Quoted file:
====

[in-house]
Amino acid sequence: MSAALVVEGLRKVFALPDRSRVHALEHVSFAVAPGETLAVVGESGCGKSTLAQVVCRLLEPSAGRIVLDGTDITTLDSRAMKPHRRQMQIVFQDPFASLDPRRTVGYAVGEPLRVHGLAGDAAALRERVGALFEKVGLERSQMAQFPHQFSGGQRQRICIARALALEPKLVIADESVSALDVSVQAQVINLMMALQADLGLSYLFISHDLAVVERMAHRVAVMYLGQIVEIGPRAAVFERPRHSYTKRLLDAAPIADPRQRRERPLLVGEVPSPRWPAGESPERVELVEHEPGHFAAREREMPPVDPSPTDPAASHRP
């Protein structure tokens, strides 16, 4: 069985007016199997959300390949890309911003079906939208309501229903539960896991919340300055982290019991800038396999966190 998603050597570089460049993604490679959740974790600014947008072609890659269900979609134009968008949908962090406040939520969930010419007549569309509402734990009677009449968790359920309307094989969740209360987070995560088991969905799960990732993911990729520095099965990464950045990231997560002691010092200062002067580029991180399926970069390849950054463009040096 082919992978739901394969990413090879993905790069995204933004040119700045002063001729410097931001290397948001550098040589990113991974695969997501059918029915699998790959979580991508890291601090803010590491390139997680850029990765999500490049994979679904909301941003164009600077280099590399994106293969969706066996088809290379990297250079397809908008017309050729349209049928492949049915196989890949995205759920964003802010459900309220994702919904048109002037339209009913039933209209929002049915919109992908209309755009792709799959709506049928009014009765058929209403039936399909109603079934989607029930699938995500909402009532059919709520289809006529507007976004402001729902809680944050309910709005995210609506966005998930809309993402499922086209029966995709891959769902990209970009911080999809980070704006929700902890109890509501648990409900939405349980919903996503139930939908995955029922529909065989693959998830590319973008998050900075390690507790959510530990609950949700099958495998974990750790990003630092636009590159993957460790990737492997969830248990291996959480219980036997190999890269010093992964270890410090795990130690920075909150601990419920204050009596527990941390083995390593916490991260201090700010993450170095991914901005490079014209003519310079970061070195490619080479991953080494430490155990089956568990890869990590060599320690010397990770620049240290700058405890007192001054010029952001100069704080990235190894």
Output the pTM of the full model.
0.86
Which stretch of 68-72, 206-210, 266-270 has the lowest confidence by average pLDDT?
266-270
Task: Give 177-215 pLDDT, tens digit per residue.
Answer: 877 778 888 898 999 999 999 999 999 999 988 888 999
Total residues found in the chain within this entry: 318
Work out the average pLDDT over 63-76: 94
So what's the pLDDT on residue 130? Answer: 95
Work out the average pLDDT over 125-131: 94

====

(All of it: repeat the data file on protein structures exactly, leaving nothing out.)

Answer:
[in-house]
Amino acid sequence: MSAALVVEGLRKVFALPDRSRVHALEHVSFAVAPGETLAVVGESGCGKSTLAQVVCRLLEPSAGRIVLDGTDITTLDSRAMKPHRRQMQIVFQDPFASLDPRRTVGYAVGEPLRVHGLAGDAAALRERVGALFEKVGLERSQMAQFPHQFSGGQRQRICIARALALEPKLVIADESVSALDVSVQAQVINLMMALQADLGLSYLFISHDLAVVERMAHRVAVMYLGQIVEIGPRAAVFERPRHSYTKRLLDAAPIADPRQRRERPLLVGEVPSPRWPAGESPERVELVEHEPGHFAAREREMPPVDPSPTDPAASHRP
């Protein structure tokens, strides 16, 4: 069985007016199997959300390949890309911003079906939208309501229903539960896991919340300055982290019991800038396999966190 998603050597570089460049993604490679959740974790600014947008072609890659269900979609134009968008949908962090406040939520969930010419007549569309509402734990009677009449968790359920309307094989969740209360987070995560088991969905799960990732993911990729520095099965990464950045990231997560002691010092200062002067580029991180399926970069390849950054463009040096 082919992978739901394969990413090879993905790069995204933004040119700045002063001729410097931001290397948001550098040589990113991974695969997501059918029915699998790959979580991508890291601090803010590491390139997680850029990765999500490049994979679904909301941003164009600077280099590399994106293969969706066996088809290379990297250079397809908008017309050729349209049928492949049915196989890949995205759920964003802010459900309220994702919904048109002037339209009913039933209209929002049915919109992908209309755009792709799959709506049928009014009765058929209403039936399909109603079934989607029930699938995500909402009532059919709520289809006529507007976004402001729902809680944050309910709005995210609506966005998930809309993402499922086209029966995709891959769902990209970009911080999809980070704006929700902890109890509501648990409900939405349980919903996503139930939908995955029922529909065989693959998830590319973008998050900075390690507790959510530990609950949700099958495998974990750790990003630092636009590159993957460790990737492997969830248990291996959480219980036997190999890269010093992964270890410090795990130690920075909150601990419920204050009596527990941390083995390593916490991260201090700010993450170095991914901005490079014209003519310079970061070195490619080479991953080494430490155990089956568990890869990590060599320690010397990770620049240290700058405890007192001054010029952001100069704080990235190894």
Output the pTM of the full model.
0.86
Which stretch of 68-72, 206-210, 266-270 has the lowest confidence by average pLDDT?
266-270
Task: Give 177-215 pLDDT, tens digit per residue.
Answer: 877 778 888 898 999 999 999 999 999 999 988 888 999
Total residues found in the chain within this entry: 318
Work out the average pLDDT over 63-76: 94
So what's the pLDDT on residue 130? Answer: 95
Work out the average pLDDT over 125-131: 94